What do Cats Really Think About People?

What do Cats Really Think About People?

Pet Psychology

Cats have found a place in people's lives and homes for centuries and over time they have become valued members of a household. Today, there are literally millions of domestic cats and it's estimated that for every dog, there are three little felines happily sharing their existence with people all over the planet.

However, unlike dogs our feline friends boast an independent streak which often leaves their owners wondering just what these little furry characters actually think about them. Are people just a food source that provide a safe and warm place where cats can tuck themselves away for all those sleepy hours?

New Study into Cat Behaviour

There have been many studies into cat behaviour and lots of books published on the subject. One recent study that was carried out by an expert in cat behaviour has come up with some quite surprising conclusions as to what cats actually think about people and more importantly about their owners. One of which is the fact that cats don't perceive or understand people in the same way that dogs do.

Much of the research carried out involved observing cats to see how they interacted with each other and how they formed their social structure. This meant watching cats that lived in colonies, cats living in rescue centres and other environments where several cats lived alongside each other.

Another aspect of the research involved watching how cats played with toys during certain times of the day. Owners were observed playing with their feline companions to see how their pets interacted with them. Owners were then given questionnaires to fill out to explain what they thought of their cats.

Cats & Dogs Interact Differently With People

Surprising conclusions included the fact that cats don't actually change their behaviour when they interact with humans, they act much in the same way as they would when socialising with other cats. Dogs on the other hand, are seen to have quite a dramatic change in behaviour when they are around people.

Cats obviously understand they are smaller than people, but this has no apparent bearing on how they behave around them because they do exactly what they would do around another cat. This includes holding their tails high when greet a person much as they would when they encounter another cat they are familiar with, rubbing up against a person's leg much as they would do to a cat and grooming their owner exactly the same way they would groom a house-mate.

Another conclusion that was drawn from the research was that cats think of humans as their bigger counterparts only a lot clumsier because people trip over cats, but a cat would never trip over a person!

The more surprising conclusions that came out of the studies was that many cat owners don't realise how stressed or anxious their pets tend to be about things and situations and how this can have quite a dramatic effect on a cat's state of mind and general well being.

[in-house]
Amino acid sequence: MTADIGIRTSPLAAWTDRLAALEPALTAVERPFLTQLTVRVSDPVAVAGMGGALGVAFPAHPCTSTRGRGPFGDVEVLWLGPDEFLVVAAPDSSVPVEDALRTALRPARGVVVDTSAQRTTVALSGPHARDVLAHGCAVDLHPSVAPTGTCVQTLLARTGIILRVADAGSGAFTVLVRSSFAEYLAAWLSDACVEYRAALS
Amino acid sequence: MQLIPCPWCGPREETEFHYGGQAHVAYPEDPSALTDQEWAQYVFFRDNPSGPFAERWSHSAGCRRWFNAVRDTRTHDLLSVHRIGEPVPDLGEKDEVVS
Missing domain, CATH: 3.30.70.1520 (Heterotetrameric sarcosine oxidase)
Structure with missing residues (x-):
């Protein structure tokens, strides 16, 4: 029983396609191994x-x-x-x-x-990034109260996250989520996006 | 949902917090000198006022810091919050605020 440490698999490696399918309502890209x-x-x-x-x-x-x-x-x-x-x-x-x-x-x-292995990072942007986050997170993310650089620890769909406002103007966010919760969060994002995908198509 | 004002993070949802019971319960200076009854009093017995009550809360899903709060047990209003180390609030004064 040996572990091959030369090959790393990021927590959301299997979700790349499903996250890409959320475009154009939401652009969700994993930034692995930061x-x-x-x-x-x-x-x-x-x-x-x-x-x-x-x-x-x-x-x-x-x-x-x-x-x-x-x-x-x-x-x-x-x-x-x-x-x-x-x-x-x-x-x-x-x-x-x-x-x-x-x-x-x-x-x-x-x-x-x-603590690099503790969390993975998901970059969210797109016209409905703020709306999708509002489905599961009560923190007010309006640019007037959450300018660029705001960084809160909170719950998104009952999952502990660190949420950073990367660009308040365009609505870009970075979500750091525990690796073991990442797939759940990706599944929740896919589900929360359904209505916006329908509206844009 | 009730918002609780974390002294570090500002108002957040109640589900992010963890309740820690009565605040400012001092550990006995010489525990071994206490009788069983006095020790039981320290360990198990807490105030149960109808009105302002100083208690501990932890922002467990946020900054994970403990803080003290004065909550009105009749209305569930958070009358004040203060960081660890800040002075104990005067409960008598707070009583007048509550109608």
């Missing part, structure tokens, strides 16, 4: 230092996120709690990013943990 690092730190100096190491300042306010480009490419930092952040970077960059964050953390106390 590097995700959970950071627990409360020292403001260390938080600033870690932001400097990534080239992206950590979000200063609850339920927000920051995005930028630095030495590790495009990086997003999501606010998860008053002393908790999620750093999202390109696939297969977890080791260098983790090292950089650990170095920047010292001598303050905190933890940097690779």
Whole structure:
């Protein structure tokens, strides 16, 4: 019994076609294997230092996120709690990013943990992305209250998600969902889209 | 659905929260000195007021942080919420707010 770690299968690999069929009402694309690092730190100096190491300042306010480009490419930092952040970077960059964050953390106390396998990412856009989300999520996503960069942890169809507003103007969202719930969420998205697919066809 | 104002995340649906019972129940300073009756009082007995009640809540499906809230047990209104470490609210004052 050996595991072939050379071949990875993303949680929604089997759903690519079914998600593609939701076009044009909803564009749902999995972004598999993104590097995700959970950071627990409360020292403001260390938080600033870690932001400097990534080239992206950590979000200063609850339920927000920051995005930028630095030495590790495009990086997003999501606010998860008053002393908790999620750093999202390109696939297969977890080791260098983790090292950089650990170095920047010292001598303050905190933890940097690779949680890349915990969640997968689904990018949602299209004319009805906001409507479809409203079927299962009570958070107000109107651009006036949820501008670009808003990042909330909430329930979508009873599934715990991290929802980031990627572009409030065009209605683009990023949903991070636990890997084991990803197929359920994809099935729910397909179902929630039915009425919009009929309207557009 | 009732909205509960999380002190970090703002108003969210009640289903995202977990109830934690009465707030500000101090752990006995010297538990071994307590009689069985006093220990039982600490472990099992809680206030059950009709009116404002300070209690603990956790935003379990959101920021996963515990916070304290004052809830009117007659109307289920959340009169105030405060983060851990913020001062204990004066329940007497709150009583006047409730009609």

One of the sorest points being that many people don't realise just how stressful it can be for one cat to live with another cat they don't get along with. A situation that may well end up with a cat fight where one or both cats have to be taken to the vet to be treated for their injuries.

The research also came up with the fact that more of our feline friends are suffering from cystitis and dermatitis than ever before. Both are conditions that are frequently triggered by stress. In short, if the conditions are being caused by a cat living with another cat they don't like, the only solution would be to attempt to keep them as far apart as possible which is not always an option.

Why Cats Act Differently Towards Certain People

Cats tend to interact in different ways with people in a household and the study suggested this was because our feline friends are a lot smarter than we may think. A cat learns what ticks the right boxes with different people so if one person is more likely to give them a treat when they get home in the evening, the family cat is going to be waiting in anticipation for them and will follow them around and interact with them because they know they will get their treat.

Are Cats Trainable?

The research also proved that cats can be trained and therefore they can be taught not to do things you don't want them to do, namely jump up on kitchen work surfaces. Cats don't like "loud" noises so if they hear a bang when they do something you don't want them to do, they are quick and smart enough to make the connection and stop doing it.

However, you have to get it right because if you don't, cats are not quick to forget or forgive which means you could end up alienating your feline friend which is something to be avoided at all costs.


The conclusion of these studies showed that cats see people as bigger cats and as such they will not alter their behaviour when they are around humans. Cats are sociable creatures, but only up to a certain point unlike their canine counterparts and although many owners might think having two cats in the home would mean they have constant companionship, a cat might not quite see it that way. The only way of successfully having two or more cats sharing your home is to take them on when they are very young kittens so they grow up together from day one!

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